How ridiculous. Of course skeptics think about the question of whether God exists. The whole statement is just an encapsulation of his own erroneous God-affirming beliefs about atheists/skeptics. He's just making an unsubstantiated claim that 'once you call yourself a [fill in the blank]' then you never ever consider the possibility that you might be wrong - but that's only true if [fill in the blank] is "atheist".

Anonymous said...

Look ... I keep asking theists this, and none have ever answered.

It's an honest question.

Where are the good arguments for gods? The good summaries of modern theology where the terms are defined, the arguments are consistent, the ... goals of the exercise, if you like, are explained.

Because the arguments I've been exposed to are nonsense. Literal nonsense. I'm reading an ongoing discussion in another blog where a Christian theologian claims *all* theists think of their god as a fictional character 'like Captain Kirk' and that the value is in the role model, inspirational side of things. I think. He's a bit vague on what the point is.

That's Colin McGinn's post-theism, not Christianity. It's atheism, not theism. More to the point, it's bollocks: over 70% of US fundamentalists think Christ will return in their lifetime. They don't mean 'in a JJ Abrams movie'.

He's just not describing anything that anyone does, has, will, should or could worship.

But that's some guy with a blog. So ... where's the real deal?

OK, put it this way: I've got a doctorate in English. I can read words and understand them and appreciate nuance and all that sort of stuff. It also means I knew nothing about science. I never had any doubt about evolution, but couldn't really explain how an eye could evolve.

Then. Dawkins. Explained.

I read The Selfish Gene. He went through it, step by step, explained how the metaphors were often misleading, how the anthromorphic stuff led to frequent misunderstandings, how it happens over timescales we just aren't wired up to cope with.

I now know how an eye evolved. Or, if we're being pedantic, how one modern evolutionary biologist says they probably did.

Point is ... someone took the time to explain it to me.

Theism ... modern theology. Is it just a mystery religion? Is the *point* the curtain, not what's behind it?

Or ... are there just loads of brilliant books and lecturers that I've somehow managed to avoid? I'm relatively smart, I want a relatively smart book. Such a thing exists, surely? If so ... names and ISBN numbers, please.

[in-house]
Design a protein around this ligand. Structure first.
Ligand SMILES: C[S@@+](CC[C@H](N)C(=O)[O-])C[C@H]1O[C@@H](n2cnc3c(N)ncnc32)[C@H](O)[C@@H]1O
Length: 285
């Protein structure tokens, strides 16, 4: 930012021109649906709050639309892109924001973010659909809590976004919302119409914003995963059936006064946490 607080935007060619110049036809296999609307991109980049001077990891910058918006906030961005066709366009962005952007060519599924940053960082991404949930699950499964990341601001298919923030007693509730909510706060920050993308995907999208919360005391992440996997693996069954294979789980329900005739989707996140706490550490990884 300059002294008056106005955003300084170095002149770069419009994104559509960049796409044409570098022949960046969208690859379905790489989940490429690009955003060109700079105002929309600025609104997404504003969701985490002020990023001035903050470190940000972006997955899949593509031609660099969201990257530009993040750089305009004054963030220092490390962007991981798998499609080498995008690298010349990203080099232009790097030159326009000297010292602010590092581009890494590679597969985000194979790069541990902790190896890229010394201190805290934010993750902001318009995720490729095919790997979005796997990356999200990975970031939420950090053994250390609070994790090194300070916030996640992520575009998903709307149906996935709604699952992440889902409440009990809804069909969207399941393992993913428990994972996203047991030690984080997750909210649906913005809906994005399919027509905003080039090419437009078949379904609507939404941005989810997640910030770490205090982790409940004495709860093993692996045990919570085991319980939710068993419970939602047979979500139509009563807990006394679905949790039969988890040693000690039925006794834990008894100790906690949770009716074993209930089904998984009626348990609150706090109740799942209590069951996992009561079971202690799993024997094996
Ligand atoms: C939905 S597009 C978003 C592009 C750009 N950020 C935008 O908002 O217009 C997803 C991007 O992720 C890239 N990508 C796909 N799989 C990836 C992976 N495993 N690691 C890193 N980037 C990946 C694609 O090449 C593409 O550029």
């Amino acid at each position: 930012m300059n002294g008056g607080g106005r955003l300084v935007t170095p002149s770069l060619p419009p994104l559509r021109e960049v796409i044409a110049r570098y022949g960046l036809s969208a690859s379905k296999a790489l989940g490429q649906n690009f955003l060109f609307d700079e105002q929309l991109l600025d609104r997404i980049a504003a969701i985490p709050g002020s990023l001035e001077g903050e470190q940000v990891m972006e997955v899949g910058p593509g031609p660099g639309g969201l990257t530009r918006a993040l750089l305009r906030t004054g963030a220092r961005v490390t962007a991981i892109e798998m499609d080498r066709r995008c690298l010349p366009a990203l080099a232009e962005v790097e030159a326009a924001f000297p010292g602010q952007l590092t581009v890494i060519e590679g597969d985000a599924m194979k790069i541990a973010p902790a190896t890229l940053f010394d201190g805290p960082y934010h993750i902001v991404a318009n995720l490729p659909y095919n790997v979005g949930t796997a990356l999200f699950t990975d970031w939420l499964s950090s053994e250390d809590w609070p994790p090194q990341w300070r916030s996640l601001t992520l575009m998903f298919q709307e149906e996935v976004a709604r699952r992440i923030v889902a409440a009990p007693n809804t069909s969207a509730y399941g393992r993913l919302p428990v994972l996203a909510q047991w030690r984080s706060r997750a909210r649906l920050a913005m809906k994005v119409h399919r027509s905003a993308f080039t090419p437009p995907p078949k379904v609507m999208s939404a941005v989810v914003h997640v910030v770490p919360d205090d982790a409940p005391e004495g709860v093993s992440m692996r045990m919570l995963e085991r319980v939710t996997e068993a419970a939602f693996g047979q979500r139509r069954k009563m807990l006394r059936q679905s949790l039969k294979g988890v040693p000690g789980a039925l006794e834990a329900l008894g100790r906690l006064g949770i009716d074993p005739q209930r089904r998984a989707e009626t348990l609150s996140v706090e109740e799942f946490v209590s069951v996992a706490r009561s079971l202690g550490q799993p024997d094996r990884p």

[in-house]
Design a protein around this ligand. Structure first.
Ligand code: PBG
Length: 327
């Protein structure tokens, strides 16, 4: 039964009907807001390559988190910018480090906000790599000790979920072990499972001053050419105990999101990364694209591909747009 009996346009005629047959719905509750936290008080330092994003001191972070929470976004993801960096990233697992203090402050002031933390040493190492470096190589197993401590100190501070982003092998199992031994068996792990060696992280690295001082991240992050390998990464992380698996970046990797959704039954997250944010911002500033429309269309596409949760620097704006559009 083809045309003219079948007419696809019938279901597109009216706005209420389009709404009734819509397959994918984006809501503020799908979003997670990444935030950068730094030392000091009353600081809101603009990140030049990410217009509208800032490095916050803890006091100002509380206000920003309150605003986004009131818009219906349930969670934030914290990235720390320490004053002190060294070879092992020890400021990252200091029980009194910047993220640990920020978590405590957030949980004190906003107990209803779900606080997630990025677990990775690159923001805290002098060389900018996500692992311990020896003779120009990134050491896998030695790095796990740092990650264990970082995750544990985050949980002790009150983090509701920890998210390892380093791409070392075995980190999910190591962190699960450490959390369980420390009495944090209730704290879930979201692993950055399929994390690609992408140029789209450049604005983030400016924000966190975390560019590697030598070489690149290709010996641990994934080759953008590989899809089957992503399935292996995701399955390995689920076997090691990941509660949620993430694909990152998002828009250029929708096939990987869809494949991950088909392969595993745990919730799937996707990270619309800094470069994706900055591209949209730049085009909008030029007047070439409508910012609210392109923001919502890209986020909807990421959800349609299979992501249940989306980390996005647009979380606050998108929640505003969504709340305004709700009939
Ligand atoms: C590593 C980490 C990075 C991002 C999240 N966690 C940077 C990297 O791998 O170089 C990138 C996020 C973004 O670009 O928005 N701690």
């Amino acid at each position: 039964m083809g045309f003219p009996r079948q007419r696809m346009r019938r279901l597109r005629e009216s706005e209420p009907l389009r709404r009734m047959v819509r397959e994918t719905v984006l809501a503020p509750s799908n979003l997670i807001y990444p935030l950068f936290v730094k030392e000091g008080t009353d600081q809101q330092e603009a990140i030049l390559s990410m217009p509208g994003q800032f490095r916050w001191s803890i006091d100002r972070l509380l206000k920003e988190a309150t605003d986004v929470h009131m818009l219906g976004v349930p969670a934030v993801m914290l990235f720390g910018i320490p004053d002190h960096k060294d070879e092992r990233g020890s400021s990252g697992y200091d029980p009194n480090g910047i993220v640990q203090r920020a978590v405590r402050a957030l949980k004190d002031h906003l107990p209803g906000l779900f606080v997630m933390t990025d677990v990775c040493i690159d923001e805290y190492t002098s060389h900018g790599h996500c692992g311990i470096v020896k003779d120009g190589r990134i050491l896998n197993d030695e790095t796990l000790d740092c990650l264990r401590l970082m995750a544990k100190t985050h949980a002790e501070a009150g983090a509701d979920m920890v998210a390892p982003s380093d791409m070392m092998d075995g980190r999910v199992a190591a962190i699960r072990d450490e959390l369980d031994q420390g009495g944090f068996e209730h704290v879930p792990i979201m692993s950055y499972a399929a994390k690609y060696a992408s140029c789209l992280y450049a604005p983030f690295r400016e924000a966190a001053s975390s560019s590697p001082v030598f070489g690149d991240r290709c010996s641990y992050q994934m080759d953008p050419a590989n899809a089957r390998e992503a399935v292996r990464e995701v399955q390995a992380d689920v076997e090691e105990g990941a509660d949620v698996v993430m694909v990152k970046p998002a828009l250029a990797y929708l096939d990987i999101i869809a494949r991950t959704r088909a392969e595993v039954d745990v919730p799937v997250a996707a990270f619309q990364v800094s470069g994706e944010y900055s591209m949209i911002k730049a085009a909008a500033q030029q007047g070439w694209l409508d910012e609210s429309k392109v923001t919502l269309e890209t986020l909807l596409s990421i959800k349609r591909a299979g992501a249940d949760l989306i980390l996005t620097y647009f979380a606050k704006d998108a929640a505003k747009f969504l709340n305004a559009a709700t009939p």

If not ... someone write it, you'd make a fortune. Someone write a book that's like The Selfish Gene, but for theology. Something that just goes through it, step by step and shows the working.

Anonymous said...

Man, never say in one paragraph what you can say in ten, huh? This is the epitome of tl:dr -- let me see if I can pick the salient points (such as they are) out of the fluff:

1. Atheists/Agnostics/Whatevers don't acknowledge that god could exist and be inaccessible to reason.

2. God wants us to find him with our hearts instead of our minds because *mumble mumble* free will.

3. There can be no evidence that proves the primacy of evidence. Suck on that, non-believer!

Wow...how totally unimpressive.

JM Inc. said...

Jeffrey Shallit said: "Maybe god really wants us all to be atheists, and salvation is reserved for those who don't believe."

BionicHips said...

I have no clue as to how anybody actually read ET. I tried - I really tried - and got 1/3 the way through and realized he still had not said anything. I gave up.

Bobby said...

s/Odin/Jar Jar/

Aquaria said...

Where are the good arguments for gods? The good summaries of modern theology where the terms are defined, the arguments are consistent, the ... goals of the exercise, if you like, are explained.

There aren't any.

The saddest thing about Christian theology is that Aquinas was probably their best and greatest thinker, and he's been dead 700 years.